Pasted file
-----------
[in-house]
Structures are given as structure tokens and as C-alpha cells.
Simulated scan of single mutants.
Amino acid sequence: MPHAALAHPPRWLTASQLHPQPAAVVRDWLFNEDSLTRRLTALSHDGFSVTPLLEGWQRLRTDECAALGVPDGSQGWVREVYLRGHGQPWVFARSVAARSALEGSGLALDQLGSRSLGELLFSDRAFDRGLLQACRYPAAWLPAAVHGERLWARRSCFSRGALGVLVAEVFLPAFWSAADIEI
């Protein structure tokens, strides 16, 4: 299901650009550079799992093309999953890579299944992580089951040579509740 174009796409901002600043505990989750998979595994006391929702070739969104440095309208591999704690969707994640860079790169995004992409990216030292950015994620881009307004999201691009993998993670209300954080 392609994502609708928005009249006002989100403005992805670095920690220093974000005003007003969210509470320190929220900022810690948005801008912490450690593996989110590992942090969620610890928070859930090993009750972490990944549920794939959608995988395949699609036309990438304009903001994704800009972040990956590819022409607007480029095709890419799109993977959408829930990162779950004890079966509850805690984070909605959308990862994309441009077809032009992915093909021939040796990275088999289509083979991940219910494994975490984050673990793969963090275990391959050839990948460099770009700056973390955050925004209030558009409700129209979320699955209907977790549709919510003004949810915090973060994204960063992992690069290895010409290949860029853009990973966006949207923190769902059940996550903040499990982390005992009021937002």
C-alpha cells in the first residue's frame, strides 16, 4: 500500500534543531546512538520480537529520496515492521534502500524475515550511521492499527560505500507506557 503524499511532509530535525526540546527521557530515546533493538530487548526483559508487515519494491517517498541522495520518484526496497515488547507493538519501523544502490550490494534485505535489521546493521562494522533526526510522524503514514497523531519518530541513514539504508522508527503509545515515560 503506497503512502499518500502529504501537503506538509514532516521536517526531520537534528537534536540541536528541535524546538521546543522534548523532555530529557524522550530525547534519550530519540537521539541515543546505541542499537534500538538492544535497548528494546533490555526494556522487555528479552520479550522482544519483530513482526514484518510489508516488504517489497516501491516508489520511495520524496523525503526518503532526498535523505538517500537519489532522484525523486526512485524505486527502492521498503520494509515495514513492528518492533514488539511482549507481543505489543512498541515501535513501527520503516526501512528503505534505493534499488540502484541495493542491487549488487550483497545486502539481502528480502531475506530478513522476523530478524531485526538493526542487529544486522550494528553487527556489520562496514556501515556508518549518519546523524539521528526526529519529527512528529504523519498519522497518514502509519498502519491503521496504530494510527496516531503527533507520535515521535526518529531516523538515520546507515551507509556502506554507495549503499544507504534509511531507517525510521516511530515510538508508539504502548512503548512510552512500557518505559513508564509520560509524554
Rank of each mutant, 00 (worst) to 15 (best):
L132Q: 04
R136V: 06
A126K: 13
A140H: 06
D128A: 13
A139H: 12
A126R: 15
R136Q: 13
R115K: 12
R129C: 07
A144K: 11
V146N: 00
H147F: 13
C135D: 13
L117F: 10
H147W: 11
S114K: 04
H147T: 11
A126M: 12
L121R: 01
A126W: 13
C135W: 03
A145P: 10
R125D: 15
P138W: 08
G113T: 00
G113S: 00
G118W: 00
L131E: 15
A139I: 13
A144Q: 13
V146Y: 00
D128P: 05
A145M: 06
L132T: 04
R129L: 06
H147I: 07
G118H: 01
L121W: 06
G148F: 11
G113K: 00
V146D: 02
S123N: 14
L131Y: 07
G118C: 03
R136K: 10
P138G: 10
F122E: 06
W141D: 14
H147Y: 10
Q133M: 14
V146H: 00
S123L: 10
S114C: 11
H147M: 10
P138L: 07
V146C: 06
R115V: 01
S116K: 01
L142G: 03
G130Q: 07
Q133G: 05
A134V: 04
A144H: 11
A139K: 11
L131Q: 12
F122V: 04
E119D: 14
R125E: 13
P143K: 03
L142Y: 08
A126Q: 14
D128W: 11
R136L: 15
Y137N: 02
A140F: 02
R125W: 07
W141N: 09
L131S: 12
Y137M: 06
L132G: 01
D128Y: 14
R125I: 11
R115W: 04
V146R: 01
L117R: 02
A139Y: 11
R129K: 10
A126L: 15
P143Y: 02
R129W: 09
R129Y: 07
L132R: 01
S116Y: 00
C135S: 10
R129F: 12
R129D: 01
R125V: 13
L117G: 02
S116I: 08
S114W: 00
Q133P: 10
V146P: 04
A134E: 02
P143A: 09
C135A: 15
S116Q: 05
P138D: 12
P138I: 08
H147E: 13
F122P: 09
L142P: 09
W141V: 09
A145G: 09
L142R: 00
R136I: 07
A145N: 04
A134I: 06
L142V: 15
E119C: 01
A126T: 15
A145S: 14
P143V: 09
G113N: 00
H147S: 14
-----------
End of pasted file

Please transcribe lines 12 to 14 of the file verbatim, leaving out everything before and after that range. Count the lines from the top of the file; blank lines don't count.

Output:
D128A: 13
A139H: 12
A126R: 15